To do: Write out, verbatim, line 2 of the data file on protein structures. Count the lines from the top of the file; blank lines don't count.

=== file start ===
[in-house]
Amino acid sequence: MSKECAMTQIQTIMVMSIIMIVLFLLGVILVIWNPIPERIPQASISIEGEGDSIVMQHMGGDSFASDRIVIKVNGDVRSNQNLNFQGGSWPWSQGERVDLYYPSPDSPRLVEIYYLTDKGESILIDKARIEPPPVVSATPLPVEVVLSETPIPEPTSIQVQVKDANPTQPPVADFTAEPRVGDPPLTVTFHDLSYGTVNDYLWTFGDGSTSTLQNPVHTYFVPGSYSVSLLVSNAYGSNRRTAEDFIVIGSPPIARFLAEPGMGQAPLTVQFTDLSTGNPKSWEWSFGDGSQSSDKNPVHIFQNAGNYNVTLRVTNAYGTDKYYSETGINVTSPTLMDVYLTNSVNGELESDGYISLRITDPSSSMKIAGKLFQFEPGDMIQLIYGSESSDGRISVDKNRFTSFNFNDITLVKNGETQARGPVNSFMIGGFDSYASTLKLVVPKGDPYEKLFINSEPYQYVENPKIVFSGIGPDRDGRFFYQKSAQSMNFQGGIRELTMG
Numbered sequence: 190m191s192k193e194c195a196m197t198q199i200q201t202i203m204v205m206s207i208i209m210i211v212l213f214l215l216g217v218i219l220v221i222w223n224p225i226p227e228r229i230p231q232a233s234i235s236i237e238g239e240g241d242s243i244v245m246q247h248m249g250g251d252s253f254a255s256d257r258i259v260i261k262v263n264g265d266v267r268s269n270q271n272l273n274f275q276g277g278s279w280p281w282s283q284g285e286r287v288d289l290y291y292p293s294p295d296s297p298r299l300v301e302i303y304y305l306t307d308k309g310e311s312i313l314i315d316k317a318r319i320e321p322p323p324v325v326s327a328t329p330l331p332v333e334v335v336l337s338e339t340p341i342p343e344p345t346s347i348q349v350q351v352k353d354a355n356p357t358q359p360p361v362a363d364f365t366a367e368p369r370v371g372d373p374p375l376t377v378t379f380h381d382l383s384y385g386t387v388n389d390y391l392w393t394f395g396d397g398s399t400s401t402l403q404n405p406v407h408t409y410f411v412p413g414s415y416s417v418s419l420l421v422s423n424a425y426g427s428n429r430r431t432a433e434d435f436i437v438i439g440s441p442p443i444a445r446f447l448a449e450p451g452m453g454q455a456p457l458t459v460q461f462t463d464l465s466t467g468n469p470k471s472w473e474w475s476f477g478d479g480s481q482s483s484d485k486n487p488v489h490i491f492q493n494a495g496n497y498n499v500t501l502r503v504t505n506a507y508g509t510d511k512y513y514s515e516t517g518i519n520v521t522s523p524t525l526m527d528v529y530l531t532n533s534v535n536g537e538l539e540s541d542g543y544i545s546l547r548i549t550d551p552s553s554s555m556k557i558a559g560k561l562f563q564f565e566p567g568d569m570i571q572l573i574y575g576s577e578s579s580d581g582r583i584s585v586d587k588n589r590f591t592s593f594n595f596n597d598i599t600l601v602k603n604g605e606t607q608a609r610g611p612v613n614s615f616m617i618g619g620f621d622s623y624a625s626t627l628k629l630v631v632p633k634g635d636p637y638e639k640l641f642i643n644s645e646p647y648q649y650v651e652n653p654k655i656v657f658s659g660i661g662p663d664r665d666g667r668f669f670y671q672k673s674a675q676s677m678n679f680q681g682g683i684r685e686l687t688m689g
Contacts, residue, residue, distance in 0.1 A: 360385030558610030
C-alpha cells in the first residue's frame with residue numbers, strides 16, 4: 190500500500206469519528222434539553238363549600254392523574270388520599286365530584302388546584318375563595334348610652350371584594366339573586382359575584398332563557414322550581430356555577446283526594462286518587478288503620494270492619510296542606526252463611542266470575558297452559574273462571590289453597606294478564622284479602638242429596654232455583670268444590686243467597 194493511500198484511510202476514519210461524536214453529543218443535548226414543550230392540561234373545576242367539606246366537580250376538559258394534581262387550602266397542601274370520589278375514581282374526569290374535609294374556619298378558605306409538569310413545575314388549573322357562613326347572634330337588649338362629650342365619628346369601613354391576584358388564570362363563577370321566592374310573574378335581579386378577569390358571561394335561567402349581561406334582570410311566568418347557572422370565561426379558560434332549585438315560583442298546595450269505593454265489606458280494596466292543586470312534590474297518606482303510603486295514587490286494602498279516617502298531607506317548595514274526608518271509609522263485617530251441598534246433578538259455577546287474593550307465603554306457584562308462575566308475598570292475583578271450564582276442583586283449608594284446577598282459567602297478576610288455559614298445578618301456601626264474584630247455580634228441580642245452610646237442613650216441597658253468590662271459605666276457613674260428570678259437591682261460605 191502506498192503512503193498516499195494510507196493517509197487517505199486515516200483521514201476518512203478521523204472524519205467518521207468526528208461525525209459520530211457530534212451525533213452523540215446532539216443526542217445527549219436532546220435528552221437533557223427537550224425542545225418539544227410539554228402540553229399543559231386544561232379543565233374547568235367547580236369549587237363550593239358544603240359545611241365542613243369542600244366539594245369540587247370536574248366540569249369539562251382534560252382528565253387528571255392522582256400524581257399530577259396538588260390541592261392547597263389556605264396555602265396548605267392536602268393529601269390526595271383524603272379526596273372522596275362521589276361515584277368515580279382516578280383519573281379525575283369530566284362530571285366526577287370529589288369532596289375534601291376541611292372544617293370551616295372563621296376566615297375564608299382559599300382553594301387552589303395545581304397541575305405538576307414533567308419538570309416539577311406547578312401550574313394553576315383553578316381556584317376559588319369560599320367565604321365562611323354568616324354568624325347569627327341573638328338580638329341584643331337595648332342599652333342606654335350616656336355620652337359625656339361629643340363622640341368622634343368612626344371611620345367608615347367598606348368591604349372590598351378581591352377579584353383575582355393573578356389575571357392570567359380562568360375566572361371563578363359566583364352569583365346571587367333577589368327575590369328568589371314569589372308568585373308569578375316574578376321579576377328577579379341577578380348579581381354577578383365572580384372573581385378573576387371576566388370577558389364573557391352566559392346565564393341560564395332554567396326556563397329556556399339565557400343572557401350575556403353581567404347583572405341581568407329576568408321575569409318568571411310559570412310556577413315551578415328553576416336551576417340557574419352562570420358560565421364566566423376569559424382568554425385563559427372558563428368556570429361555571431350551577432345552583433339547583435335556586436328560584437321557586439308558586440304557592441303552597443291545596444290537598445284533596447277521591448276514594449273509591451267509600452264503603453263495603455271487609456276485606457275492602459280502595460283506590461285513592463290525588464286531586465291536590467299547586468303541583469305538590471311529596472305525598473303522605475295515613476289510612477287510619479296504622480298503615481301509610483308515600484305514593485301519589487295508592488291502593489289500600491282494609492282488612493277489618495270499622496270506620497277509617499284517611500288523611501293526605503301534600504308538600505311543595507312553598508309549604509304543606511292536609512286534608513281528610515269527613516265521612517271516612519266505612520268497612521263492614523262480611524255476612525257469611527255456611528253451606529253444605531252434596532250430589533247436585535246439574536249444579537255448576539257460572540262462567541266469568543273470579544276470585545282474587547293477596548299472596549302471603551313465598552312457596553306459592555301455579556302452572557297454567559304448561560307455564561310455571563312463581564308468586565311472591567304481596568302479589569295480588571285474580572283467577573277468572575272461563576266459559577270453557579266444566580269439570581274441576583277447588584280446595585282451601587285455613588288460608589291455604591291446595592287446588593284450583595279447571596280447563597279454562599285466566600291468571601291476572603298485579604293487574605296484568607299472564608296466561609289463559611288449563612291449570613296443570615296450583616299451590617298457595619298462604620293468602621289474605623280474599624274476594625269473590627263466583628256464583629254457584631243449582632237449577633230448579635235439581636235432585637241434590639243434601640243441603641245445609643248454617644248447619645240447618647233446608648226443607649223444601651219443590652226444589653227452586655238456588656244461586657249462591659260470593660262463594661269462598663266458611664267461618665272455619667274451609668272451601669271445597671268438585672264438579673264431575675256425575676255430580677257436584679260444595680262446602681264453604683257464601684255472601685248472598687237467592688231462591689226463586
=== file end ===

Amino acid sequence: MSKECAMTQIQTIMVMSIIMIVLFLLGVILVIWNPIPERIPQASISIEGEGDSIVMQHMGGDSFASDRIVIKVNGDVRSNQNLNFQGGSWPWSQGERVDLYYPSPDSPRLVEIYYLTDKGESILIDKARIEPPPVVSATPLPVEVVLSETPIPEPTSIQVQVKDANPTQPPVADFTAEPRVGDPPLTVTFHDLSYGTVNDYLWTFGDGSTSTLQNPVHTYFVPGSYSVSLLVSNAYGSNRRTAEDFIVIGSPPIARFLAEPGMGQAPLTVQFTDLSTGNPKSWEWSFGDGSQSSDKNPVHIFQNAGNYNVTLRVTNAYGTDKYYSETGINVTSPTLMDVYLTNSVNGELESDGYISLRITDPSSSMKIAGKLFQFEPGDMIQLIYGSESSDGRISVDKNRFTSFNFNDITLVKNGETQARGPVNSFMIGGFDSYASTLKLVVPKGDPYEKLFINSEPYQYVENPKIVFSGIGPDRDGRFFYQKSAQSMNFQGGIRELTMG